• This invention has been described and specific examples of the invention have been portrayed. The use of those specifics is not intended to limit the invention in anyway.

Claims (21)

  1. A duodenal/small Intestinal Insert for treating obesity in a human patient comprising:
    an elongated member having a proximal end and a distal end, wherein the elongated member is preformed with a configuration that conforms to the angulations of the duodenum of the human patient and is capable of being straightened for introduction into the duodenum and then capable of returning to the preformed configuration;
    an anchoring member engaged with said elongated member at the proximal end; and
    at least one flow reduction element engaged with said elongated member.
  2. A duodenal/small intestinal insert of claim 1, wherein a portion of the elongated member is rigid.
  3. A duodenal/small intestinal insert of claim 1, wherein a portion of the elongated member is flexible.
  4. A duodenal/small intestinal insert of claim 1, wherein the elongated member is formed from shape memory materials.
  5. A duodenal/small intestinal insert of claim 1, wherein the elongated member contains shape memory materials.
  6. A duodenal/small intestinal insert of claim 1, wherein the elongated member is formed from a spring material.
  7. A duodenal/small intestinal Insert of claim 1, wherein the flow reduction element is concentric with the elongated member.
  8. A duodenal/small intestinal insert of claim 1, wherein the flow reduction element is eccentric to the elongated member.
  9. A duodenal/small intestinal insert of claim 1, 1, wherein the elongated member is a tube with an inner lumen.
  10. A duodenal/small intestinal insert of claim 9, wherein the flow reduction element and/or anchoring member can be inflated from a first volume to a second volume with a fluid introduced into the inner lumen of the elongated member at the proximal end.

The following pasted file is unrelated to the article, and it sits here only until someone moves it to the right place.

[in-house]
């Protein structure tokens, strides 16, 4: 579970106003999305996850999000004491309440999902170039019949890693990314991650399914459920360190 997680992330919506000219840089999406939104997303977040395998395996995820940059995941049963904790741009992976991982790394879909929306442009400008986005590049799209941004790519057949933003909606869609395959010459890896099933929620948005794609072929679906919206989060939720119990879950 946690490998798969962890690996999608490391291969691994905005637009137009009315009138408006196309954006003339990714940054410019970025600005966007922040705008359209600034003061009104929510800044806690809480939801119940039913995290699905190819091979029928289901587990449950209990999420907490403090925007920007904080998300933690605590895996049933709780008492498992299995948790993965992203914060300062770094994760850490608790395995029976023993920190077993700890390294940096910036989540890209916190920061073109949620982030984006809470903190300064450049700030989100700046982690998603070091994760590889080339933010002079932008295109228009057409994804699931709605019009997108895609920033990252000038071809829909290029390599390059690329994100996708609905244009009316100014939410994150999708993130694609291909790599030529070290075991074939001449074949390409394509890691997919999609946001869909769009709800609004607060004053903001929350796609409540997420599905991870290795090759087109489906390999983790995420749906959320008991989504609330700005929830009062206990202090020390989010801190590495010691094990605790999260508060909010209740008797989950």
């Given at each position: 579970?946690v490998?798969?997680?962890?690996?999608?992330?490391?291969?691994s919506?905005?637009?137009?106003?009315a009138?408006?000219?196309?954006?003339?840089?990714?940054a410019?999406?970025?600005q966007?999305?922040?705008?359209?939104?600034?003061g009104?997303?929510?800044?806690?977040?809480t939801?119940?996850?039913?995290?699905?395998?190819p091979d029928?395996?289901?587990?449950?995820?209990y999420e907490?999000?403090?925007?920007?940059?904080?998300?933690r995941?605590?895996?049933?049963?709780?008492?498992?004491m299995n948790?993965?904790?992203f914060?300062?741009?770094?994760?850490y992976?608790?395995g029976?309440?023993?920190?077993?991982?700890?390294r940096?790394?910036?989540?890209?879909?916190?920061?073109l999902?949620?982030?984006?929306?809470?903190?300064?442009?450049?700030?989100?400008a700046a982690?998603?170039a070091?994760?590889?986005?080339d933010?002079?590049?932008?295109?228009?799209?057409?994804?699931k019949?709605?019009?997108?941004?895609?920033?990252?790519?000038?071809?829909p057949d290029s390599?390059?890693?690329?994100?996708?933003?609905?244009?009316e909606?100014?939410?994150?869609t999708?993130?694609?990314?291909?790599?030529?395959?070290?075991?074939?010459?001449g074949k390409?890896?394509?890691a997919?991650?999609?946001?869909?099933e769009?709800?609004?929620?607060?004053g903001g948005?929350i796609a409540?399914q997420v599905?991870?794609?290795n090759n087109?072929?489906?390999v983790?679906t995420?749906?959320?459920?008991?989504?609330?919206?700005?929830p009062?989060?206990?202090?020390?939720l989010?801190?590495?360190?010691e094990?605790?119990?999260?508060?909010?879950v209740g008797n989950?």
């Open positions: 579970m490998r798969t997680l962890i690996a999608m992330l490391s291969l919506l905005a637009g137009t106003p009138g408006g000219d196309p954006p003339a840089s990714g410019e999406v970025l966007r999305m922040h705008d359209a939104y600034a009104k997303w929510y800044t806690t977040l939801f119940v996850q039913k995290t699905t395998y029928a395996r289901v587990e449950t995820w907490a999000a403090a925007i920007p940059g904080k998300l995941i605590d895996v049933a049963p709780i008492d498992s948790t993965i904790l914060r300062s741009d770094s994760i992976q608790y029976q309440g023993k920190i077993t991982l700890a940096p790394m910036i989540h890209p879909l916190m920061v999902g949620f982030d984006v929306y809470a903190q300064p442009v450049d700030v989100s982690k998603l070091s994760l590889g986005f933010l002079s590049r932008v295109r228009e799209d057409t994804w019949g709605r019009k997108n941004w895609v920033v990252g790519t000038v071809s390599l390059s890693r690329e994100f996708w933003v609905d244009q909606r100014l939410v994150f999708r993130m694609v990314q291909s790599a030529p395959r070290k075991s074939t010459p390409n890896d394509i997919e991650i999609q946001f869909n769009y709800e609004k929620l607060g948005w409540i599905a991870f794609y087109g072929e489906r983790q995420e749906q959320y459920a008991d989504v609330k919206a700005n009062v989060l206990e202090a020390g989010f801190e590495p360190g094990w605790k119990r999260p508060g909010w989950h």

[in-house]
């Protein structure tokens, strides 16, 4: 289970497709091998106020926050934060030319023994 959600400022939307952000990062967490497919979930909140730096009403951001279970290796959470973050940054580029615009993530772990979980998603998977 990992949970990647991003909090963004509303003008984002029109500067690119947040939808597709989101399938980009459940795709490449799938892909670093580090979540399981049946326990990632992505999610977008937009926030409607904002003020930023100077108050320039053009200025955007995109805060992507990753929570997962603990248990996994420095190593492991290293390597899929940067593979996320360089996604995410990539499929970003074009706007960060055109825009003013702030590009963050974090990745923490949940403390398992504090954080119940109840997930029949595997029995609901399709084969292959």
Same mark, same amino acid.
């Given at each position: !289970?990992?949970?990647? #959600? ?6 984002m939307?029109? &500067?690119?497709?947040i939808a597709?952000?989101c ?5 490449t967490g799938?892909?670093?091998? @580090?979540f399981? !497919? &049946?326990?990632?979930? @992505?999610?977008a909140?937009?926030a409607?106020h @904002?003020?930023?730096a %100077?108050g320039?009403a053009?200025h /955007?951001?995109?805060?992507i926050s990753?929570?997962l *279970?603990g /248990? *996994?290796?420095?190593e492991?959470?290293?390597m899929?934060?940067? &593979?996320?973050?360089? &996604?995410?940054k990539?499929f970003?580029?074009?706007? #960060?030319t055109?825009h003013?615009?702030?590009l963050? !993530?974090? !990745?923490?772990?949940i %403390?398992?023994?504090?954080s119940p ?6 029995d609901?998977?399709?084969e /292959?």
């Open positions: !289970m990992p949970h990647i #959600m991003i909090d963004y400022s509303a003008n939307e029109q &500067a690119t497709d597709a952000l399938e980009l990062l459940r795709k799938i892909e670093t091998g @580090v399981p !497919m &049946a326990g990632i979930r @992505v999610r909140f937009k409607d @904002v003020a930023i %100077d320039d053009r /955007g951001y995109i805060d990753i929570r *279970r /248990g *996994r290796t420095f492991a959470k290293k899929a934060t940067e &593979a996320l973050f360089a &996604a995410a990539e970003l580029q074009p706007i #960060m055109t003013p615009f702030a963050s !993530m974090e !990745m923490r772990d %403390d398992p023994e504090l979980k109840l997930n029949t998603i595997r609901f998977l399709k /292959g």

11. A duodonal/small intestinal insert of claim 10, wherein the fluid is a gas.
  12. A duodenal/small intestinal insert of claim 1, wherein the flow reduction element comprises a spring.
  13. A duodenal/small intestinal insert of claim 1, wherein the flow reduction element self-expands from a first volume to a second volume when unrestrained.
  14. A duodenal/small intestinal insert of claim 1, wherein the anchoring member is configured to reside in the antrum of the human patient and when fully deployed restrict distal migration of the elongated member through the small intestine of the human patient.
  15. A duodenal/small intestinal insert of claim 14, wherein the anchoring member comprises two or more balloons eccentrically arranged on the proximal end of the elongated member.
  16. A duodenal/small intestinal insert of claim 15, wherein the balloons are inflatable and are capable of being inflated to a combined diameter is larger than the opening of the pylorus.
  17. A duodenal/small intestinal insert of claim 14 wherein the anchoring member comprises:
    collapsible, umbrella cage with a closed end and an open end, said closed end connected to the proximal end of the elongated member, the open end oriented toward the distal end of the elongated member, and the open end of the umbrella cage is attached to a toroid.
  18. The anchoring member of claim 17, wherein the umbrella cage is comprised of a shape memory material.
  19. The anchoring member of claim 18, wherein the umbrella cage is comprised of an alloy of NiTi, CuZnAl or CuAlNi.
  20. The anchoring member of claim 17, wherein, wherein the umbrella cage is constructed from a spring material.
  21. A duodenal/small intestinal according to claim 10, wherein a self sealing valve is positioned at a proximal opening of the elongated member, said valve adapted to control the amount of fluid introduced or released from the inner lumen of said elongated member and an opening at the distal end of the elongated member is sealed; and wherein the flow reduction member(s) and/or anchor member is capable of being expanded by the introduction of fluid into the inner lumen of the elongated member.
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US10/999,410 US7931693B2 (en) 2004-02-26 2004-11-30 Method and apparatus for reducing obesity
PCT/US2005/029932 WO2006060049A2 (en) 2004-11-30 2005-08-22 Method and apparatus for reducing obesity